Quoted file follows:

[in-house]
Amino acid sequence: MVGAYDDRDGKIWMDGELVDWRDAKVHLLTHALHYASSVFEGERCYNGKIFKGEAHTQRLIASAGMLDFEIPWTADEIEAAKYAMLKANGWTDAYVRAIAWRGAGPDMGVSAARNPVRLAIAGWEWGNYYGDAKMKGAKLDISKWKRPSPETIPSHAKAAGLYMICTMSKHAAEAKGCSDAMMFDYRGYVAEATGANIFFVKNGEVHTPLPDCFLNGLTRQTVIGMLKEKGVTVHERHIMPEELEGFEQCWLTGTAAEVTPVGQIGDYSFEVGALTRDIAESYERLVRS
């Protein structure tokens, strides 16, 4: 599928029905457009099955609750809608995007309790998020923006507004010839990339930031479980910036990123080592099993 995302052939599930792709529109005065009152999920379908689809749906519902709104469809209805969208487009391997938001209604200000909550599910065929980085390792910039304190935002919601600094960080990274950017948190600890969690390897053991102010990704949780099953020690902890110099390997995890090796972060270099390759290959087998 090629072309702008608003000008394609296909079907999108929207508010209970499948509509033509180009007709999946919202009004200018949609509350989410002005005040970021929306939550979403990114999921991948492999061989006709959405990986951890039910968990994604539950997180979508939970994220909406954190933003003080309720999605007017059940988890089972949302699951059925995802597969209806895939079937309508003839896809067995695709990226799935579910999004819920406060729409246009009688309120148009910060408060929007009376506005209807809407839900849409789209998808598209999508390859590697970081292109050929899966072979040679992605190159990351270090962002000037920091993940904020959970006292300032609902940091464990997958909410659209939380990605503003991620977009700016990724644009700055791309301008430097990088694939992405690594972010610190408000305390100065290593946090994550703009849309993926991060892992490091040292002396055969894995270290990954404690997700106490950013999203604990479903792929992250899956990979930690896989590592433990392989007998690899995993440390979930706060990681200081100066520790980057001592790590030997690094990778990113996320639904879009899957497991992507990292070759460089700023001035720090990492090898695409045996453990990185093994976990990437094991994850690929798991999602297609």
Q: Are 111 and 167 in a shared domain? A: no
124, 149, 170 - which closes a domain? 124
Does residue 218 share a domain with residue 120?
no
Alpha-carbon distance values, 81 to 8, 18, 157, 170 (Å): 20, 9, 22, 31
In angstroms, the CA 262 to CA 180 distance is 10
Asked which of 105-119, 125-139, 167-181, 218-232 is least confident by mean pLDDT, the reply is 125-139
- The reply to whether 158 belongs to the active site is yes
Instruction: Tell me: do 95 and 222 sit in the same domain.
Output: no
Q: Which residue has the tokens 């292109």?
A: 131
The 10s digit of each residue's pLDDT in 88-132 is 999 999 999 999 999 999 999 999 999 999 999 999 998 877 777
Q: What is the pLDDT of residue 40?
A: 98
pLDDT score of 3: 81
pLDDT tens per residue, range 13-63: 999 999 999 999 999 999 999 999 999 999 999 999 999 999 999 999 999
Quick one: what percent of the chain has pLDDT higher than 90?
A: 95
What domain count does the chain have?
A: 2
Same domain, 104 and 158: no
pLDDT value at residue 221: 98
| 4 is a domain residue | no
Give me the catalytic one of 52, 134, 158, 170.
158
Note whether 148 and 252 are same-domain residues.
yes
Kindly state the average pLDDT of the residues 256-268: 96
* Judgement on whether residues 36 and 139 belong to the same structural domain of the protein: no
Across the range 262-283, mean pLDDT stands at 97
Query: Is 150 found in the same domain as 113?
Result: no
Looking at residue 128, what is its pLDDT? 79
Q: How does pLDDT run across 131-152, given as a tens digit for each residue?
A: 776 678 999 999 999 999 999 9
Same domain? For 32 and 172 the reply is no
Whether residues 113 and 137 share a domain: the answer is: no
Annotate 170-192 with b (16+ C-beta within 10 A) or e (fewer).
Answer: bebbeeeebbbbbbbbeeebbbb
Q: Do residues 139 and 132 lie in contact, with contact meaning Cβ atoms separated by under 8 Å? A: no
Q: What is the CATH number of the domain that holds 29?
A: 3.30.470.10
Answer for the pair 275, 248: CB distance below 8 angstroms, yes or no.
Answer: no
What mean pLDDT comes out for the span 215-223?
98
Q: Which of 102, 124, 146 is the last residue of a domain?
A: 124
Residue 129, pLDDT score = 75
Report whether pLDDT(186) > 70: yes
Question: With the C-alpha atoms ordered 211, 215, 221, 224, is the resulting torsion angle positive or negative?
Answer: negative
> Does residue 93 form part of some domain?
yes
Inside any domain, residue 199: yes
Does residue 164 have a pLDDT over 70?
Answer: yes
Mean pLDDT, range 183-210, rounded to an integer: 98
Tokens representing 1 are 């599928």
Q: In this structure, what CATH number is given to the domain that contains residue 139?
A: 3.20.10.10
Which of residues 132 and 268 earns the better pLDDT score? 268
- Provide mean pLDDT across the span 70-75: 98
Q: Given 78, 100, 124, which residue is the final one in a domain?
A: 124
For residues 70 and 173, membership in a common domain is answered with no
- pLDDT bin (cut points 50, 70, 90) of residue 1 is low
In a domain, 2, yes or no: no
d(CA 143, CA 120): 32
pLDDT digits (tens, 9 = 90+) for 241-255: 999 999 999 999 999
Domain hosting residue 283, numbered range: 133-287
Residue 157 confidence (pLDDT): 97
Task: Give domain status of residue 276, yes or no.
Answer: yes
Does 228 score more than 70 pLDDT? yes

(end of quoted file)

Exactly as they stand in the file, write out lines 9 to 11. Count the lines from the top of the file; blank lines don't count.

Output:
In angstroms, the CA 262 to CA 180 distance is 10
Asked which of 105-119, 125-139, 167-181, 218-232 is least confident by mean pLDDT, the reply is 125-139
- The reply to whether 158 belongs to the active site is yes